Questions, concerns about report showing academic racial disparities between students surface at Hinsdale District 86 meeting – Chicago Tribune

Following a presentation on academic disparities between students at the April 14 board meeting, Hinsdale High School District 86 community members came bearing questions on Thursday about the data shown.

Patrice Payne, director of instructional equity at District 86, explained a report at the April 14 meeting that showed racial disproportionality among students in disciplinary cases, support courses, a sense of “belongingness” and more.

Achievement gaps are the impact of implicit bias on students’ opportunities to learn, she said.

During Thursday’s audience communication portion of the board meeting, Darien resident Mary O’Dowd said she had hoped Payne stuck around to answer lingering questions people had about ongoing equity work.

“I’m glad Ms. Payne finally attended a board meeting. I’m sad that she left as soon as her presentation was over,” O’Dowd said. “Ms. Payne said implicit bias impacts student opportunities to learn — no concrete evidence was offered to support this theory.”

Payne’s presentation included several charts that showed unlevel bars between students of different races. Based on the data, for example, white and Asian students are overrepresented among students taking Advanced Placement courses, while African American and Hispanic or Latino students are underrepresented.

Payne also pointed to a chart that showed Black and brown student representation in special education courses was more than double. And while students who require individualized education programs should continue to receive the support they need, there is a trend of students of color being placed in special education courses misguidedly, she said.

Black or African American students account for 7.50% of the student body, but 16.04% of the students in the special education program are Black or African American, compared to white representation with individualized education programs, which is comparable to the overall student population, the report highlights.

“We saw several projections including seven charts, dated 2021, no updates were provided to reflect changes in the last 6 months. So how can we know what is accurate,” O’Dowd continued on Thursday. “These charts claim to show that implicit bias is to blame for racial disproportionality [ …] but no evidence was provided.”

With diversity, equity and inclusion being a frequent topic of discussion at District 86 board meetings, other members in the audience also chimed in.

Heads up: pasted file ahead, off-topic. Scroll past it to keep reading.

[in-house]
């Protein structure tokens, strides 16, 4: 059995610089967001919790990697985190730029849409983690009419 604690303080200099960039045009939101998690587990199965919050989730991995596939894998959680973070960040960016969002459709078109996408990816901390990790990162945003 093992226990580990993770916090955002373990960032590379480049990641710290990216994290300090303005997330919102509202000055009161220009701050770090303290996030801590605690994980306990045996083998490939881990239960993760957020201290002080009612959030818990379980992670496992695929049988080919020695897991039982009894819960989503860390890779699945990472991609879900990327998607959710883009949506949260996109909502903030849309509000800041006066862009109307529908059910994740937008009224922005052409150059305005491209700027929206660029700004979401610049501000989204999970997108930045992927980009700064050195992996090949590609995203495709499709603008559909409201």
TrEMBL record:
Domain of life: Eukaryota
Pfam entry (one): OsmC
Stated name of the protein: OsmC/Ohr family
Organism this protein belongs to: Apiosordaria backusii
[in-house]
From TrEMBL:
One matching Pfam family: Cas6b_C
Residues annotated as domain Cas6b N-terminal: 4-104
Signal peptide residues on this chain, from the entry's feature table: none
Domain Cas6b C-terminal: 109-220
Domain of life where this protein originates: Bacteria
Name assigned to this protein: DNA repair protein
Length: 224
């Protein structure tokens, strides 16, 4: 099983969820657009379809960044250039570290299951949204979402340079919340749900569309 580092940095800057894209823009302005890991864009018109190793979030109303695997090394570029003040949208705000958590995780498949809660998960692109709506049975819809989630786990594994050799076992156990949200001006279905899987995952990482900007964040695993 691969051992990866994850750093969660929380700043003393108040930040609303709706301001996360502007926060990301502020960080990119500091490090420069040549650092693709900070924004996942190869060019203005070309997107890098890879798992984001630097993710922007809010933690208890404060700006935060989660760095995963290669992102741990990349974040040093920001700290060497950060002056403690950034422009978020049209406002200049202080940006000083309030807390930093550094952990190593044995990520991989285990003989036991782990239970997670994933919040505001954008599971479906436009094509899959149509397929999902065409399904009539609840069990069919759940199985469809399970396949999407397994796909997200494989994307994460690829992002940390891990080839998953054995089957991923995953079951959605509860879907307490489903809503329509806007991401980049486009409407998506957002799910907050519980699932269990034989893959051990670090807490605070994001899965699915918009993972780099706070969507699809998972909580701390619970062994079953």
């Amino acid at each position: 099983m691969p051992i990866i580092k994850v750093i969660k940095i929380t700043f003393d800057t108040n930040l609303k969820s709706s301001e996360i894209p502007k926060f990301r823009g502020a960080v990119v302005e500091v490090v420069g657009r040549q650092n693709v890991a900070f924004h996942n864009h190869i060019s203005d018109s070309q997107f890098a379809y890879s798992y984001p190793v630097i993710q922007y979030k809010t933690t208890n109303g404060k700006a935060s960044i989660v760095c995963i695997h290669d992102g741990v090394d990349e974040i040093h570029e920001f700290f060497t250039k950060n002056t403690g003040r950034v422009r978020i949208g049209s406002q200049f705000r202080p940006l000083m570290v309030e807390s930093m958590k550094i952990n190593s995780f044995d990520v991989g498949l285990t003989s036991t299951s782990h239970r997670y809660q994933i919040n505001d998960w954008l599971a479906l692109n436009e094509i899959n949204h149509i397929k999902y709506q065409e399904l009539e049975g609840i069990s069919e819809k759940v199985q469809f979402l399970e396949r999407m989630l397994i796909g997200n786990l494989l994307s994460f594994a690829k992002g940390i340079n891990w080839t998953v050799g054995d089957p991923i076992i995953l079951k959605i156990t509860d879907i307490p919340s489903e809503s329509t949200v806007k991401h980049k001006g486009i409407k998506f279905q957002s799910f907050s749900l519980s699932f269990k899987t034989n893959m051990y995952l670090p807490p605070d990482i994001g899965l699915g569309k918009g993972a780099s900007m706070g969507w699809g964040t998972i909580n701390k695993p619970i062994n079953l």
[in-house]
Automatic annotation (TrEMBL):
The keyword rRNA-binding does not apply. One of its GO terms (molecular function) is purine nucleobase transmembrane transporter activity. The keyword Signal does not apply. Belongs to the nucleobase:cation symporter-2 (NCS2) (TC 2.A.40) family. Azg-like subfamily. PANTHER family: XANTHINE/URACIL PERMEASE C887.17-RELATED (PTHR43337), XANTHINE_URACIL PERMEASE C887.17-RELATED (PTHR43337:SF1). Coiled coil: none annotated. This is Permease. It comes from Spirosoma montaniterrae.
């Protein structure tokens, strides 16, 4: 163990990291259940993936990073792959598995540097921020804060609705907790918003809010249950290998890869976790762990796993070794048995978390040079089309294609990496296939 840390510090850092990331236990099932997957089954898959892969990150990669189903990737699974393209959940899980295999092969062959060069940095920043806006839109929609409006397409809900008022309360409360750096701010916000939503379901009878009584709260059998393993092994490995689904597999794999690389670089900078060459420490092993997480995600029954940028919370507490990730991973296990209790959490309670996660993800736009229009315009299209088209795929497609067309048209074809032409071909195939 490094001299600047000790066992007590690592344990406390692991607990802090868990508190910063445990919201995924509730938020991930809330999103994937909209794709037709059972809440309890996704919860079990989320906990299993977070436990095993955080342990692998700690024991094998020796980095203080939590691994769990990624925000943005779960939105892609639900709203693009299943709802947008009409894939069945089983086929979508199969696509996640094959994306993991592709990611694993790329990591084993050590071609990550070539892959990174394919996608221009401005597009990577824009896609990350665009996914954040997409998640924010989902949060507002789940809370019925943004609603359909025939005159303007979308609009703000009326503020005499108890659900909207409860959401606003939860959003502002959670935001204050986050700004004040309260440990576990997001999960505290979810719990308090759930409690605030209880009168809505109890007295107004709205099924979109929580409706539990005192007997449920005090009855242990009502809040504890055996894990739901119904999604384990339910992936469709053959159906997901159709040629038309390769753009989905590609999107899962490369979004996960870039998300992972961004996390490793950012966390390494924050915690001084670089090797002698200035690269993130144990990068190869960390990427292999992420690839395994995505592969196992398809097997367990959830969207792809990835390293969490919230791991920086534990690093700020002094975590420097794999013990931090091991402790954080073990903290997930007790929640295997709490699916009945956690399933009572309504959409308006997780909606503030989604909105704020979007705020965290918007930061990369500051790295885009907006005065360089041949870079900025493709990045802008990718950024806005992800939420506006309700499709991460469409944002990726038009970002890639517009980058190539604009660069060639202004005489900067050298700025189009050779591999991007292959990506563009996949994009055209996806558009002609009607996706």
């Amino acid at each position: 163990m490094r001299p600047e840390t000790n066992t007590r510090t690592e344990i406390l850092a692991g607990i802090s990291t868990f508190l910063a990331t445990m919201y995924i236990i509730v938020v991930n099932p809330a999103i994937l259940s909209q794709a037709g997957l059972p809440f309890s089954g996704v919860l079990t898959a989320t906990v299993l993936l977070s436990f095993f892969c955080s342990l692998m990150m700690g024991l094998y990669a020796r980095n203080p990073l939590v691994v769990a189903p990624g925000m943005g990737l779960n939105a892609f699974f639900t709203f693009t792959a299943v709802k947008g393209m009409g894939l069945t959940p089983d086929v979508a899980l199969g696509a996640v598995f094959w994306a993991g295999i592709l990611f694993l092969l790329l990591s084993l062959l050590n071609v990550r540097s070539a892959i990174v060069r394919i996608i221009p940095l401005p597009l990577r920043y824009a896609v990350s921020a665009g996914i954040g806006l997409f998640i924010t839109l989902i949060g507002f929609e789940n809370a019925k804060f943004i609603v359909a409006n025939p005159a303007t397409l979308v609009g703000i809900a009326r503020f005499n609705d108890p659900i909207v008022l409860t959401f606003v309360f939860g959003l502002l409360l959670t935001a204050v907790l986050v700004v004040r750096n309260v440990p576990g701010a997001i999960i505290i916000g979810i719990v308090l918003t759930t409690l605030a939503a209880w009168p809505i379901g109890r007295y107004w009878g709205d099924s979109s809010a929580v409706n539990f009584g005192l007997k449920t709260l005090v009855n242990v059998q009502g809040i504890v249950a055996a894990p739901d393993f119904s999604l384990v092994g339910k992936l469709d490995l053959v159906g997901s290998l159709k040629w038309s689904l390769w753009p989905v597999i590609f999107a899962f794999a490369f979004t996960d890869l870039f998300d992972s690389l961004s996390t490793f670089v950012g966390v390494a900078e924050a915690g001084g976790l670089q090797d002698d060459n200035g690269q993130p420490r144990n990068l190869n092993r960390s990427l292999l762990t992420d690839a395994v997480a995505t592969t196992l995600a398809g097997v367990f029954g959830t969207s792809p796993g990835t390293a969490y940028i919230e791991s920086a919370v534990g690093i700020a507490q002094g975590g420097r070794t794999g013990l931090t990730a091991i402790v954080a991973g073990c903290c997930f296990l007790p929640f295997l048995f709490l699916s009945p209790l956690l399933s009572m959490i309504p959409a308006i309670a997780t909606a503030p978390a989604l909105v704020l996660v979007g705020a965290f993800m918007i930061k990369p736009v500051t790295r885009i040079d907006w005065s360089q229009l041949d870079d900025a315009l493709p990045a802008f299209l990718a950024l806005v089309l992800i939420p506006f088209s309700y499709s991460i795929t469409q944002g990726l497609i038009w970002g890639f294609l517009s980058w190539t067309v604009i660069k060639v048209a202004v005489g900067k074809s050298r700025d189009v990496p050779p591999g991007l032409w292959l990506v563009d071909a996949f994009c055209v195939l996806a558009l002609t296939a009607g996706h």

Creighton Meland wondered if school districts are docked for having academic disparities.

“What are the consequences of disproportionality? Posting in a report, condemnation, fines? [Is there a] deprivation of state and federal aid? When do these take effect?” he asked the board.

On April 14, Payne discussed an informational tool recently launched by the Illinois State Board of Education to help school districts view their data through the lens of equity.

Jackie Matthews, Executive Director of Communications for ISBE, said in an email that the Equity Journey Continuum is really for districts to track their progress toward closing gaps in student achievement, opportunities, and support using district-level data points that are already collected and reported to ISBE. The scores will be listed on the ISBE district report card starting in October.

“There are no requirements associated with the tool and nothing to enforce regarding the tool. It is informational only and intended to help make districts’ data more useful to them in improving outcomes for all students,” Matthews said.

Meland also referenced Payne’s discussion on changing mindsets, saying, “culturally responsive methods have existed for over a decade, but there’s no proof they remedy any disparities.”

“Sorry but things that aren’t measured or can’t be measured did not happen. And what causes disparities goes beyond the schools doors — schools must nonetheless solve problems they did not cause. It is the triumph of hope over experience,” he added.

Regarding a Panorama survey that showed only 43% of District 86 students felt a sense of belonging at school, Meland said, “students are not guinea pigs in a social experiment and should not be surveyed. Beyond their creepy nature, surveys are not useful.”

Other conversations on Thursday centered on potentially adding a layer of oversight to instructional equity discussions that take place within the Culture and Equity Leadership Team (CELT).

“In terms of the equity work, I listened to every single board member at this table at one point or another, champion and commit to continuing the equity work, but the equity work that happens at CELT, happens in a superintendent’s committee,” board member Debbie Levinthal said.

“What I’m proposing is a place for the learning impact of that equity work to be discussed at the board level. If we’re going to champion it, we need to know about it … at least I want to be informed about it.”

She added that something similar to the Parent Teacher Advisory Committee (PTAC) could be distinct and focused on the learning portion of the district’s equity initiative.

Newly elected board president, Erik Held, said robust committees like PTAC can be modified to focus on certain areas to look at data, but it runs the risk of being too specific.

“In my opinion, equity is in all that we do …. we want to be careful of micromanaging when it comes to an added layer of oversight,” he said.

The next CELT meeting is scheduled for May 17 and a board presentation about CELT is slated to take place in June.

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